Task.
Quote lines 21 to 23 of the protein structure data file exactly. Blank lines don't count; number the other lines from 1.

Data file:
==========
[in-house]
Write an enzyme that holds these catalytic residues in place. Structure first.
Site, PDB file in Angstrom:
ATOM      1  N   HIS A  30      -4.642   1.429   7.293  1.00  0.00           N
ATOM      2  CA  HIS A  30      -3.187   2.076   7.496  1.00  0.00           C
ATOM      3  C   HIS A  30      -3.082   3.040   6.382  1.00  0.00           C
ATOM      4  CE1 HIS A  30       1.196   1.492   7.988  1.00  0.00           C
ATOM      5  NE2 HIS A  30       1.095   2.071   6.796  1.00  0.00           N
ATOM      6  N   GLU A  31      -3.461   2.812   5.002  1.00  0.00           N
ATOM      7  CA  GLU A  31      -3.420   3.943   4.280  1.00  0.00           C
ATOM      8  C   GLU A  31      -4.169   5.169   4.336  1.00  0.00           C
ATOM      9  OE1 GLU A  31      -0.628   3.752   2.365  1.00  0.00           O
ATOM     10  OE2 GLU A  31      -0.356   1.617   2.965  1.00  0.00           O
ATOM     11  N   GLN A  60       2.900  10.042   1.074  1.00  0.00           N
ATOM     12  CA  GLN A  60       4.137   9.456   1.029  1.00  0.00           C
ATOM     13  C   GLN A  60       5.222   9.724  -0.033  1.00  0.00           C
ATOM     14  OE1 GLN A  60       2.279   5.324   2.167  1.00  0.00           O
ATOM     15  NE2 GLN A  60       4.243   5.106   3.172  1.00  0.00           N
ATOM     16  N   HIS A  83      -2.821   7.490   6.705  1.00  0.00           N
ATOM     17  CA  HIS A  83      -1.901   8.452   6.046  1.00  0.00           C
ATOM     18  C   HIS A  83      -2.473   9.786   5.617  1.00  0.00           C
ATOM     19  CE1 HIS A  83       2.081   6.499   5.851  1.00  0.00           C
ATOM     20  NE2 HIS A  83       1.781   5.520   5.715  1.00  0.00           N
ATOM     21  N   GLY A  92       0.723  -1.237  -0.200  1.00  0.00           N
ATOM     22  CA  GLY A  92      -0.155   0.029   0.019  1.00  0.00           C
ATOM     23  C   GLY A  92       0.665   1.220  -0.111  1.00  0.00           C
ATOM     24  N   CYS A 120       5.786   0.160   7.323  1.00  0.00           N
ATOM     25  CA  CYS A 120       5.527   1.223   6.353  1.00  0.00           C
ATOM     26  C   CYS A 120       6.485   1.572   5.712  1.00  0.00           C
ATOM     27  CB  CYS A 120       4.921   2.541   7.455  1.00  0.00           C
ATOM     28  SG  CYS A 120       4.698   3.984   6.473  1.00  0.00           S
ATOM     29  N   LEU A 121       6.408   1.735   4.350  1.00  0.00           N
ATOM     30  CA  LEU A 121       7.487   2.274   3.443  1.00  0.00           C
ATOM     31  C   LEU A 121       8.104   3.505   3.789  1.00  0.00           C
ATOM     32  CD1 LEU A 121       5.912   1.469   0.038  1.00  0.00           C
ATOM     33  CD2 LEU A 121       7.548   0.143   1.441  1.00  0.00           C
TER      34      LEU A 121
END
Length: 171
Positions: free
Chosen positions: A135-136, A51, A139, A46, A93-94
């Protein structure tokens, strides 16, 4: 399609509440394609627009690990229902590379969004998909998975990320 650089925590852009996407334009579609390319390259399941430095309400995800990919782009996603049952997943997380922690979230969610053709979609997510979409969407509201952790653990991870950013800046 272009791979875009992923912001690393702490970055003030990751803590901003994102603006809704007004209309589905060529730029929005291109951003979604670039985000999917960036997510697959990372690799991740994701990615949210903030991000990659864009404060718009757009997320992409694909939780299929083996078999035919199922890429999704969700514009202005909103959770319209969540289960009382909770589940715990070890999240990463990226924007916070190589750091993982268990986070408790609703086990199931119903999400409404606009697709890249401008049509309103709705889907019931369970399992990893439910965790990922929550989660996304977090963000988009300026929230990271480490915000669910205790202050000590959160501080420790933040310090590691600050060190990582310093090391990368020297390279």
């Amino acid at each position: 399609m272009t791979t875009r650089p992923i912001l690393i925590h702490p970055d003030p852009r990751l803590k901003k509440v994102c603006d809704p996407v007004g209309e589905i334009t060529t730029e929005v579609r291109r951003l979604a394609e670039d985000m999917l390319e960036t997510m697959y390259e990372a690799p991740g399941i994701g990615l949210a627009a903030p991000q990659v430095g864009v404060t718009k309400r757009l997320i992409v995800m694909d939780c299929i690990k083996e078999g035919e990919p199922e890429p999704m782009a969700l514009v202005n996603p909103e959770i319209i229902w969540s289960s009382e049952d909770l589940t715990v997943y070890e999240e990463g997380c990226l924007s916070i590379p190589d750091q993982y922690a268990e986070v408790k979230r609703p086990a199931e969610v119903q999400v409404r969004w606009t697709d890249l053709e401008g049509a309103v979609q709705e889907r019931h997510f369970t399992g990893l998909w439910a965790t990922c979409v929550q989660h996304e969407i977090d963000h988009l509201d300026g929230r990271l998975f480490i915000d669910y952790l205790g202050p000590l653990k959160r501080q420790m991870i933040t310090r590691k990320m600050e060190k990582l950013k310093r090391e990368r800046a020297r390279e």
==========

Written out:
ATOM     18  C   HIS A  83      -2.473   9.786   5.617  1.00  0.00           C
ATOM     19  CE1 HIS A  83       2.081   6.499   5.851  1.00  0.00           C
ATOM     20  NE2 HIS A  83       1.781   5.520   5.715  1.00  0.00           N